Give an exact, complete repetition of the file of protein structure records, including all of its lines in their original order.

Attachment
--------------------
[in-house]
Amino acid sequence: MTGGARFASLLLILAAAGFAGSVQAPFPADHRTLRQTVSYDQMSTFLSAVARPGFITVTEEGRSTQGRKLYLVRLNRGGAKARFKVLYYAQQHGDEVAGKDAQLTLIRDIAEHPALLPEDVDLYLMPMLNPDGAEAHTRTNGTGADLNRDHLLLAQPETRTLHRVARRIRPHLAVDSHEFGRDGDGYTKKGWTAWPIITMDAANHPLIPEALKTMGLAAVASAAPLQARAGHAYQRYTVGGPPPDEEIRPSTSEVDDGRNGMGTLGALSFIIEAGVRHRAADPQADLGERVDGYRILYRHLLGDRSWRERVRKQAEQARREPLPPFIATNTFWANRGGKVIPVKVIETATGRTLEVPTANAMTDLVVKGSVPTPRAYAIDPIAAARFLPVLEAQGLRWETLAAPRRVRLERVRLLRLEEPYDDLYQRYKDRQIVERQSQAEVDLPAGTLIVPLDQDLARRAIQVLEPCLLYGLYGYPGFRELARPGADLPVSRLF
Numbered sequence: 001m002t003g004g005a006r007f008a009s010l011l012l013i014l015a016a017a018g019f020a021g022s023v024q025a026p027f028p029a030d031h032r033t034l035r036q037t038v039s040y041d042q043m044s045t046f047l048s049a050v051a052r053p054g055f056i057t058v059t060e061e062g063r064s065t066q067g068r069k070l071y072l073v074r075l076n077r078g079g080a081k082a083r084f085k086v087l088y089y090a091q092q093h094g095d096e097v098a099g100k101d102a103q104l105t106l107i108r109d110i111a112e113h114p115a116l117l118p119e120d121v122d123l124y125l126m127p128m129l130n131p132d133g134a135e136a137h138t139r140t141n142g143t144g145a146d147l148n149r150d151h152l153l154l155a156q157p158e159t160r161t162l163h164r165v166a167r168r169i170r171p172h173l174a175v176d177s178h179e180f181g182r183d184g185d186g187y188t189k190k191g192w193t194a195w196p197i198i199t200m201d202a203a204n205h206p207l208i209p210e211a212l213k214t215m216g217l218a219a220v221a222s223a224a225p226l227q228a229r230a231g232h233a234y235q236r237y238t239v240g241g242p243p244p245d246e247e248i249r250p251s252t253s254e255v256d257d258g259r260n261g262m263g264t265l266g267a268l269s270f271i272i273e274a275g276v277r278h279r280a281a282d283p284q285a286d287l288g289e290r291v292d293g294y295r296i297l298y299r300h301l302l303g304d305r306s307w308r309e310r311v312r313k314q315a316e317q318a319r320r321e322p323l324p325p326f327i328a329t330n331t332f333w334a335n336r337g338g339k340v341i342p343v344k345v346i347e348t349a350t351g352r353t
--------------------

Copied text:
[in-house]
Amino acid sequence: MTGGARFASLLLILAAAGFAGSVQAPFPADHRTLRQTVSYDQMSTFLSAVARPGFITVTEEGRSTQGRKLYLVRLNRGGAKARFKVLYYAQQHGDEVAGKDAQLTLIRDIAEHPALLPEDVDLYLMPMLNPDGAEAHTRTNGTGADLNRDHLLLAQPETRTLHRVARRIRPHLAVDSHEFGRDGDGYTKKGWTAWPIITMDAANHPLIPEALKTMGLAAVASAAPLQARAGHAYQRYTVGGPPPDEEIRPSTSEVDDGRNGMGTLGALSFIIEAGVRHRAADPQADLGERVDGYRILYRHLLGDRSWRERVRKQAEQARREPLPPFIATNTFWANRGGKVIPVKVIETATGRTLEVPTANAMTDLVVKGSVPTPRAYAIDPIAAARFLPVLEAQGLRWETLAAPRRVRLERVRLLRLEEPYDDLYQRYKDRQIVERQSQAEVDLPAGTLIVPLDQDLARRAIQVLEPCLLYGLYGYPGFRELARPGADLPVSRLF
Numbered sequence: 001m002t003g004g005a006r007f008a009s010l011l012l013i014l015a016a017a018g019f020a021g022s023v024q025a026p027f028p029a030d031h032r033t034l035r036q037t038v039s040y041d042q043m044s045t046f047l048s049a050v051a052r053p054g055f056i057t058v059t060e061e062g063r064s065t066q067g068r069k070l071y072l073v074r075l076n077r078g079g080a081k082a083r084f085k086v087l088y089y090a091q092q093h094g095d096e097v098a099g100k101d102a103q104l105t106l107i108r109d110i111a112e113h114p115a116l117l118p119e120d121v122d123l124y125l126m127p128m129l130n131p132d133g134a135e136a137h138t139r140t141n142g143t144g145a146d147l148n149r150d151h152l153l154l155a156q157p158e159t160r161t162l163h164r165v166a167r168r169i170r171p172h173l174a175v176d177s178h179e180f181g182r183d184g185d186g187y188t189k190k191g192w193t194a195w196p197i198i199t200m201d202a203a204n205h206p207l208i209p210e211a212l213k214t215m216g217l218a219a220v221a222s223a224a225p226l227q228a229r230a231g232h233a234y235q236r237y238t239v240g241g242p243p244p245d246e247e248i249r250p251s252t253s254e255v256d257d258g259r260n261g262m263g264t265l266g267a268l269s270f271i272i273e274a275g276v277r278h279r280a281a282d283p284q285a286d287l288g289e290r291v292d293g294y295r296i297l298y299r300h301l302l303g304d305r306s307w308r309e310r311v312r313k314q315a316e317q318a319r320r321e322p323l324p325p326f327i328a329t330n331t332f333w334a335n336r337g338g339k340v341i342p343v344k345v346i347e348t349a350t351g352r353t